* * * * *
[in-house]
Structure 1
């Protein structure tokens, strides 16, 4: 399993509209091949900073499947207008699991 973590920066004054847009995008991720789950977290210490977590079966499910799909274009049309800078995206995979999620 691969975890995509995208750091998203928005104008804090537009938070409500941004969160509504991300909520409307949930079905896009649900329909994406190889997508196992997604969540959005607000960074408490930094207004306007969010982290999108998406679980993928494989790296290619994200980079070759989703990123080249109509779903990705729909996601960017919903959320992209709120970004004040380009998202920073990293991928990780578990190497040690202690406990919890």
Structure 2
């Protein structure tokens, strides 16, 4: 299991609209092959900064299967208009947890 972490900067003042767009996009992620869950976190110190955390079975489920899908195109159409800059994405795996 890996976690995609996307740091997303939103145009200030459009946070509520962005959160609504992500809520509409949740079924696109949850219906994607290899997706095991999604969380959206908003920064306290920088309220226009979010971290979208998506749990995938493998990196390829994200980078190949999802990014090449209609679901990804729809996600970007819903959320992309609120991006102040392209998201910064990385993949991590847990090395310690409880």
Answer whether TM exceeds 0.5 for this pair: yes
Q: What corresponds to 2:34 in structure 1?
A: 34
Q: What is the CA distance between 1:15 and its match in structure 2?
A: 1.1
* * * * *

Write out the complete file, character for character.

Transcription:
[in-house]
Structure 1
């Protein structure tokens, strides 16, 4: 399993509209091949900073499947207008699991 973590920066004054847009995008991720789950977290210490977590079966499910799909274009049309800078995206995979999620 691969975890995509995208750091998203928005104008804090537009938070409500941004969160509504991300909520409307949930079905896009649900329909994406190889997508196992997604969540959005607000960074408490930094207004306007969010982290999108998406679980993928494989790296290619994200980079070759989703990123080249109509779903990705729909996601960017919903959320992209709120970004004040380009998202920073990293991928990780578990190497040690202690406990919890």
Structure 2
């Protein structure tokens, strides 16, 4: 299991609209092959900064299967208009947890 972490900067003042767009996009992620869950976190110190955390079975489920899908195109159409800059994405795996 890996976690995609996307740091997303939103145009200030459009946070509520962005959160609504992500809520509409949740079924696109949850219906994607290899997706095991999604969380959206908003920064306290920088309220226009979010971290979208998506749990995938493998990196390829994200980078190949999802990014090449209609679901990804729809996600970007819903959320992309609120991006102040392209998201910064990385993949991590847990090395310690409880």
Answer whether TM exceeds 0.5 for this pair: yes
Q: What corresponds to 2:34 in structure 1?
A: 34
Q: What is the CA distance between 1:15 and its match in structure 2?
A: 1.1